First Responder UAS Endurance Challenge Stage 4 Finalist and 1st Place Winner
Advanced Aircraft Company (AAC) is a Virginia based company solely focused on designing long endurance hybrid electric UAS. The AAC internal team includes a number of highly talented members from industry members such as NASA and DJI.
Team Members: Bill Fredericks, Nic Baines, Moshe Hollander, Chris Knox, Paolo Maltez
Bill Fredricks is the team lead, CEO, and founder of AAC. Primarily an aeronautical engineer, he has created several unique aircraft designs that have taken flight. Bill leads projects with a results oriented mindset which enabled these aircraft to get to flight faster and less expensively than peers and superiors believed possible. In addition to technical experience gained at NASA, Bill is a veteran. His experience and training as a US Marine Corps Officer has provided significant leadership experience.
Moshe Hollander is a recent graduate Aerospace engineer with internship experience at NASA Ames Research center where he was heavily involved in research work related to the Mars Helicopter Scout and wind-tunnel operations work for the Tiltrotor Test Rig (TTR) program. His honors thesis involved researching aeroacoustics phenomena related to wingtip vortex generation. He graduated with a BE in Aerospace Engineering from the University of New South Wales (Sydney) with Honors Class I.
Chris Knox graduated Cum Laude from Thomas Nelson Community College (TNCC) with an Associates degree in Mechanical Engineering/Design Technology. Key coursework included: CAD modeling, Statics, and UAS Mapping and Photogrammetry. He holds his FAA Part 107 Remote Pilot license and he has 5 years of work experience in the manufacturing industry. As a hobby, he owns his own drone which he uses for videography.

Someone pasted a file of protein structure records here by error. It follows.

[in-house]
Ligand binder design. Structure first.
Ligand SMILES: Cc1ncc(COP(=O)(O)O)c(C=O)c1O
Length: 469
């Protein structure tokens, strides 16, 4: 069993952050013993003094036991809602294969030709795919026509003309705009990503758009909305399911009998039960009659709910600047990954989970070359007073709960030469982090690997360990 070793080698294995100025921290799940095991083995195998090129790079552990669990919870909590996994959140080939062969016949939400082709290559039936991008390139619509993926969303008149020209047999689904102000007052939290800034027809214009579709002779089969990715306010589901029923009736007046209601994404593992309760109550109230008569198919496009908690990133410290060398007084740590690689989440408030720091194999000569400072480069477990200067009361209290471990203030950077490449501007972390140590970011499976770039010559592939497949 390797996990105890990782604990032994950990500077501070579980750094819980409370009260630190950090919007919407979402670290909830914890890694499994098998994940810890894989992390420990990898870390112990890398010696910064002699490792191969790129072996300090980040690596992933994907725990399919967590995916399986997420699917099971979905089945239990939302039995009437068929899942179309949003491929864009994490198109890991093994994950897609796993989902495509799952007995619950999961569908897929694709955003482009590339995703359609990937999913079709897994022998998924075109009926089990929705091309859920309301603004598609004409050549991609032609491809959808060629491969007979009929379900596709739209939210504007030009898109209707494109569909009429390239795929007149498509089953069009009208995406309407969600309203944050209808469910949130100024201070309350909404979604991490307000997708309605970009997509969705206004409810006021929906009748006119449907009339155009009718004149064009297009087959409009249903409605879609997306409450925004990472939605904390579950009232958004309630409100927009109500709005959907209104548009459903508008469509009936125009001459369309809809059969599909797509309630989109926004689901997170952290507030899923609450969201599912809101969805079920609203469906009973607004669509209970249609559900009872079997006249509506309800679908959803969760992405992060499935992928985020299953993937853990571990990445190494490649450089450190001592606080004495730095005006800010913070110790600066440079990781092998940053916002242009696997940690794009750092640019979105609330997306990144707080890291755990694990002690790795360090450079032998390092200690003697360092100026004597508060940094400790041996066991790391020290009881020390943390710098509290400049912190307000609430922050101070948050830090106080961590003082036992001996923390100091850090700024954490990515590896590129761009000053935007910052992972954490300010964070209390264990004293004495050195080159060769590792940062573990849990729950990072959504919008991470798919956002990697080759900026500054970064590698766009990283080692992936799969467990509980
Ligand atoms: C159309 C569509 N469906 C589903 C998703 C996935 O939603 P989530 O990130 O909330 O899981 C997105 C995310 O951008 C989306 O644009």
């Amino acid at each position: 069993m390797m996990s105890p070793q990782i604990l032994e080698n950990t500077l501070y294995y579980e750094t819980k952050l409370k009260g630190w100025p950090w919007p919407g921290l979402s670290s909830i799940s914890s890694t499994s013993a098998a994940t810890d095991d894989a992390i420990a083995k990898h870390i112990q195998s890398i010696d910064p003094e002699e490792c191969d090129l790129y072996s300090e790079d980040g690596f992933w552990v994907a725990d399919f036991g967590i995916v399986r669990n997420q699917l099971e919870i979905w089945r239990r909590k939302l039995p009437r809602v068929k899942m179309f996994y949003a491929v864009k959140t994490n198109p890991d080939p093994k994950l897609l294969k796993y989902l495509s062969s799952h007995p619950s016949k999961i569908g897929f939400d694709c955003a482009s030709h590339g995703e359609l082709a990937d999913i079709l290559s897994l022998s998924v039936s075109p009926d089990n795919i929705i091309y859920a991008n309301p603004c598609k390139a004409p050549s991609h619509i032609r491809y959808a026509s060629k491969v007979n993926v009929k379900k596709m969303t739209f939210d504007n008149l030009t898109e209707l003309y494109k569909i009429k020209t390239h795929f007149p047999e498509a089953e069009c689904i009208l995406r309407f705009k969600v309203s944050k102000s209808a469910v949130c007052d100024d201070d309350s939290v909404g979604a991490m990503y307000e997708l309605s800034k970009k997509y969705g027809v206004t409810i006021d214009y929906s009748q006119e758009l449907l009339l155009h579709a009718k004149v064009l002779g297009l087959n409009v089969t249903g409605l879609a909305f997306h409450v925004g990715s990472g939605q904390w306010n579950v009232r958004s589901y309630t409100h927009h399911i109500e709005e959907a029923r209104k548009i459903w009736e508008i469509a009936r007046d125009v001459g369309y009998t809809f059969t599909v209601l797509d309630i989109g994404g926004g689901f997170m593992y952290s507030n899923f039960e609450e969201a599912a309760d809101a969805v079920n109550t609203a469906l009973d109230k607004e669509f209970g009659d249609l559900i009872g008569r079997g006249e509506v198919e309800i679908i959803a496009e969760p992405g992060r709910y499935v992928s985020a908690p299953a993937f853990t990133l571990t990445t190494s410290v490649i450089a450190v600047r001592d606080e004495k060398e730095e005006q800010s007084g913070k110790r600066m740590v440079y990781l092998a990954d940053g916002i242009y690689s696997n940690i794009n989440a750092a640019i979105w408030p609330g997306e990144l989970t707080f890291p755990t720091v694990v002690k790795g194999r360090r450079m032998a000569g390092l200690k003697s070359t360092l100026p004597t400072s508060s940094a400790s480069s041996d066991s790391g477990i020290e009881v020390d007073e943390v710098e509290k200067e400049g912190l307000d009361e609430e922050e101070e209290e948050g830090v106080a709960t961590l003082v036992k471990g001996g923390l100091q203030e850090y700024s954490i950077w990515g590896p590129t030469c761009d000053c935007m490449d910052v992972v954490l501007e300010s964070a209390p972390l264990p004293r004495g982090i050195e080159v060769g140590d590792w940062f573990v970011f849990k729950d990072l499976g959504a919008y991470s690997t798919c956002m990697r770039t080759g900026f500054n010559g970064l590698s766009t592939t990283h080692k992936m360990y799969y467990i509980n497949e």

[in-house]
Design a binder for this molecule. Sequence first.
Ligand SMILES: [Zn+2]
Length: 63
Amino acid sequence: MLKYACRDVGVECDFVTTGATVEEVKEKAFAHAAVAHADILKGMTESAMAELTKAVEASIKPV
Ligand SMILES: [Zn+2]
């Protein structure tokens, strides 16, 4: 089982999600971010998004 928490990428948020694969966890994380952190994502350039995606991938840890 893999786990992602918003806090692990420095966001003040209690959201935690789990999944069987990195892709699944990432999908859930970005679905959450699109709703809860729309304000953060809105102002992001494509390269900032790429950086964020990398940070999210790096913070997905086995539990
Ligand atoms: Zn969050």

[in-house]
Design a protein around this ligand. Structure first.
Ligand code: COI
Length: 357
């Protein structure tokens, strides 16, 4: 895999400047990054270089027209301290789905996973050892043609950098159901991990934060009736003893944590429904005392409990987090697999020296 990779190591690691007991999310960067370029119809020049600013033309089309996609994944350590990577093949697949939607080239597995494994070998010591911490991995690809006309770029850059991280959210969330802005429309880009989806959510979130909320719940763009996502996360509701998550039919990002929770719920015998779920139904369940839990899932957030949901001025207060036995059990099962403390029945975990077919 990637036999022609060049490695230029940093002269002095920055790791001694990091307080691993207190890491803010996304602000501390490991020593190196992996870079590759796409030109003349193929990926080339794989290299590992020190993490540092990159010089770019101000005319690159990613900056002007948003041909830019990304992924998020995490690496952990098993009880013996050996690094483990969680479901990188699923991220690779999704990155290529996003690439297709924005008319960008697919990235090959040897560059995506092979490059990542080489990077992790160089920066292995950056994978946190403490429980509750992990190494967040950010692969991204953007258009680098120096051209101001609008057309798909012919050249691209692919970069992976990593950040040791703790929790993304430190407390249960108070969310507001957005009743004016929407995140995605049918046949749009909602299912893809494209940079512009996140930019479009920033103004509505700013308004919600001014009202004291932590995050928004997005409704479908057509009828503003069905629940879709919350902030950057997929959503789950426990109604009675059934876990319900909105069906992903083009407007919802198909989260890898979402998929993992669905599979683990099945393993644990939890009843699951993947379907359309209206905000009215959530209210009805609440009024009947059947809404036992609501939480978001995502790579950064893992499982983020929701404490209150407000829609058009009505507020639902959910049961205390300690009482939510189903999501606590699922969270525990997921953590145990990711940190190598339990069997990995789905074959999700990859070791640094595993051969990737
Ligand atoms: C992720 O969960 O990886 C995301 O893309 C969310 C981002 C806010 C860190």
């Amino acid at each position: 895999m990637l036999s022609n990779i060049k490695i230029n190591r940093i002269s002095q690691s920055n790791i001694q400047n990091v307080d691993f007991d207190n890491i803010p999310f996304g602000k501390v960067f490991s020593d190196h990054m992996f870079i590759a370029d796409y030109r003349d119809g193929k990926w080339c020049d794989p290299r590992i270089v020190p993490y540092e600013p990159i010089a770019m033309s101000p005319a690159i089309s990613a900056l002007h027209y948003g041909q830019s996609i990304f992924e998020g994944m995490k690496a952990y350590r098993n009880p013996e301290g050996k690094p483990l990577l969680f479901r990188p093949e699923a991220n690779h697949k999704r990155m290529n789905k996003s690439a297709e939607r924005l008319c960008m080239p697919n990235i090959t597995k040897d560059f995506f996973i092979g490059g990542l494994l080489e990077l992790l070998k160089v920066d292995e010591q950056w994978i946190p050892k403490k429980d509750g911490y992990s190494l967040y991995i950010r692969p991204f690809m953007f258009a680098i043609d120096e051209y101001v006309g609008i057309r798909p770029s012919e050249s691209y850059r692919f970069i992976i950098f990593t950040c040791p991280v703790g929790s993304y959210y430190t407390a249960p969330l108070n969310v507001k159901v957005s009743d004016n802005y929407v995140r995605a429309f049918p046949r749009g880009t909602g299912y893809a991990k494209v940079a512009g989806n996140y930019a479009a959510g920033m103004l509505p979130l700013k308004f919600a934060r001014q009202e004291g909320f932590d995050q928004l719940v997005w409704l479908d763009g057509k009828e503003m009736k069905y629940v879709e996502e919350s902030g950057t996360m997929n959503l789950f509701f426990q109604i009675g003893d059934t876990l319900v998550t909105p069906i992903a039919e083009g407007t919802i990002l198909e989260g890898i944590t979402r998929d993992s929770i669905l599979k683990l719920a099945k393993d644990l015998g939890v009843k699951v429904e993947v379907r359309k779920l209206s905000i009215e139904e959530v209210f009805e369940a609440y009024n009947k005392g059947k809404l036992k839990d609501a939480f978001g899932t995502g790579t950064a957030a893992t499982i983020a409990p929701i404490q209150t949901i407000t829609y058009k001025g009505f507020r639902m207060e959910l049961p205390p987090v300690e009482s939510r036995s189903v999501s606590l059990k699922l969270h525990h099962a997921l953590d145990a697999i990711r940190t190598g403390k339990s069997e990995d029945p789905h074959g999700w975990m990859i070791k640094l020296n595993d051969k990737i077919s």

The Hybrid Advanced Multi-Rotor (HAMR) Solution
The HAMR UAS is a hybrid electric multi-rotor with a 3.5 hour maximum endurance. The HAMR UAS is apart of AAC’s existing product line that is currently in production. The HAMR UAS as it is today will not meet the requirements of the First Responder UAS Endurance Challenge, specifically the 10+ pound payload requirement. The existing HAMR UAS can carry a 3 pound payload for 2.1 hours in hover.
AAC has received feedback from customers asking if we can develop a larger version of HAMR to lift more weight, which coincidently so does this challenge. This challenge is providing the catalyst for AAC to launch into the development of HAMR-XL. HAMR-XL will have a maximum takeoff weight of 54.9 pounds to remain under the Part 107 weight limit.